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Humanoid Robot Mahru Mimics Your Movements in Real Time

An operator wearing a sensor suit can control this robot's arms and legs

2 min read
Humanoid Robot Mahru Mimics Your Movements in Real Time

mahru humanoid robot

Mahru, an advanced humanoid robot developed by the Korea Institute of Science and Technology (KIST) and Samsung Electronics, knows its way around a kitchen. In a demonstration, the robot popped a snack into the microwave and brought it over to a researcher standing nearby.

Mahru can also dance and perform Taekwondo moves. (More on that later.)

Now how do the KIST researchers go about programming Mahru to do all these different tasks? I asked this question when I visited KIST early this year.

Dr. Bum-Jae You, head of KIST’s Cognitive Robotics Center, in Seoul, told me that they use two approaches. One involves filming a person with body markers using a traditional optical motion-capture system to track body movements. The other, which they’ve been using more recently, relies on a wearable inertial motion-capture suit [shown in the photo above].

A person wears the suit while performing various tasks. The movements are recorded and the robot is then programmed to reproduce the tasks while adapting to changes in the space, such as a displaced objects.

But the cool thing is, the capture and reproduction of movements can also take place in real time. When I visited, Dr. You and his students demonstrated this capability using a Mahru III robot.

When the operator moves his arms, Mahru moves its arms. There’s virtually no delay. The only task when there is a delay is when the robot is walking—if the operator takes a few steps, the robot follows suit after a few seconds. But Dr. You told me they’re working to do that in real time as well.

There are several telepresence robots in operation, and many more should be available soon. But typically an operator has control only over the robot’s legs or wheels; very few allow for full-body remote operation.

Mahru’s arm movements under teleoperation are quite impressive—fast and precise, and also safe, thanks to force-torque sensors and compliant control. Eventually, Dr. You says, a person will be able to teleperate a robot to manipulate objects. They’ll also be able to shake your hands without crushing them.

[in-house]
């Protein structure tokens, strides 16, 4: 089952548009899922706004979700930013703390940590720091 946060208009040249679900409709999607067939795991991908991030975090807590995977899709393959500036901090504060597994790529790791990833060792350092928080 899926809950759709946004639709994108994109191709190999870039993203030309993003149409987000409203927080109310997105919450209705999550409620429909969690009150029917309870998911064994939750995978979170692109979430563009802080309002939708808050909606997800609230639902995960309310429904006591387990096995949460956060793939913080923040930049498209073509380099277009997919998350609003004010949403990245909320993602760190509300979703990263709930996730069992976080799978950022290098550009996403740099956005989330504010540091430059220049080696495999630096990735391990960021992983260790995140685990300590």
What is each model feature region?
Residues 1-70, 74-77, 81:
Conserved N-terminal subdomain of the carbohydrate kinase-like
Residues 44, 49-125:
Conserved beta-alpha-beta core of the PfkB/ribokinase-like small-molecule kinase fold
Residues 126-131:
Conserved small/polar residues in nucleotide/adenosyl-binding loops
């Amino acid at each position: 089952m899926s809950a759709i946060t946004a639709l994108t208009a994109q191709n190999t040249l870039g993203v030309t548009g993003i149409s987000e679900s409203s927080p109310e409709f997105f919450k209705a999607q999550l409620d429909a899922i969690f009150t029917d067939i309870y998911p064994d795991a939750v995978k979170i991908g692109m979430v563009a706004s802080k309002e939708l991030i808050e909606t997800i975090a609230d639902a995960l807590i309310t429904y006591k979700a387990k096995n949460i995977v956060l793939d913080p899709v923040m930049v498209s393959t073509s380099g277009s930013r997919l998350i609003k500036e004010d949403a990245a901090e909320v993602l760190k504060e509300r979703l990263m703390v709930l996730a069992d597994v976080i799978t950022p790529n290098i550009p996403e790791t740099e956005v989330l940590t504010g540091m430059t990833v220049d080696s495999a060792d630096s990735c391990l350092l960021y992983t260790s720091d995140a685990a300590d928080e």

Note on the photo above the operator with the motion-capture suit (behind the robot) extending his right hand—while the robot does the same.

Dr. You and his team also showed me Mahru’s dancing capabilities. This demo involved an earlier version of the Mahru robot [below]. Fascinating to see the “guts” of the machine—including the little sticker saying “Dancer.”

The Conversation (0)

The Bionic-Hand Arms Race

The prosthetics industry is too focused on high-tech limbs that are complicated, costly, and often impractical

12 min read
A photograph of a young woman with brown eyes and neck length hair dyed rose gold sits at a white table. In one hand she holds a carbon fiber robotic arm and hand. Her other arm ends near her elbow. Her short sleeve shirt has a pattern on it of illustrated hands.

The author, Britt Young, holding her Ottobock bebionic bionic arm.

Gabriela Hasbun. Makeup: Maria Nguyen for MAC cosmetics; Hair: Joan Laqui for Living Proof

In Jules Verne’s 1865 novel From the Earth to the Moon, members of the fictitious Baltimore Gun Club, all disabled Civil War veterans, restlessly search for a new enemy to conquer. They had spent the war innovating new, deadlier weaponry. By the war’s end, with “not quite one arm between four persons, and exactly two legs between six,” these self-taught amputee-weaponsmiths decide to repurpose their skills toward a new projectile: a rocket ship.

The story of the Baltimore Gun Club propelling themselves to the moon is about the extraordinary masculine power of the veteran, who doesn’t simply “overcome” his disability; he derives power and ambition from it. Their “crutches, wooden legs, artificial arms, steel hooks, caoutchouc [rubber] jaws, silver craniums [and] platinum noses” don’t play leading roles in their personalities—they are merely tools on their bodies. These piecemeal men are unlikely crusaders of invention with an even more unlikely mission. And yet who better to design the next great leap in technology than men remade by technology themselves?

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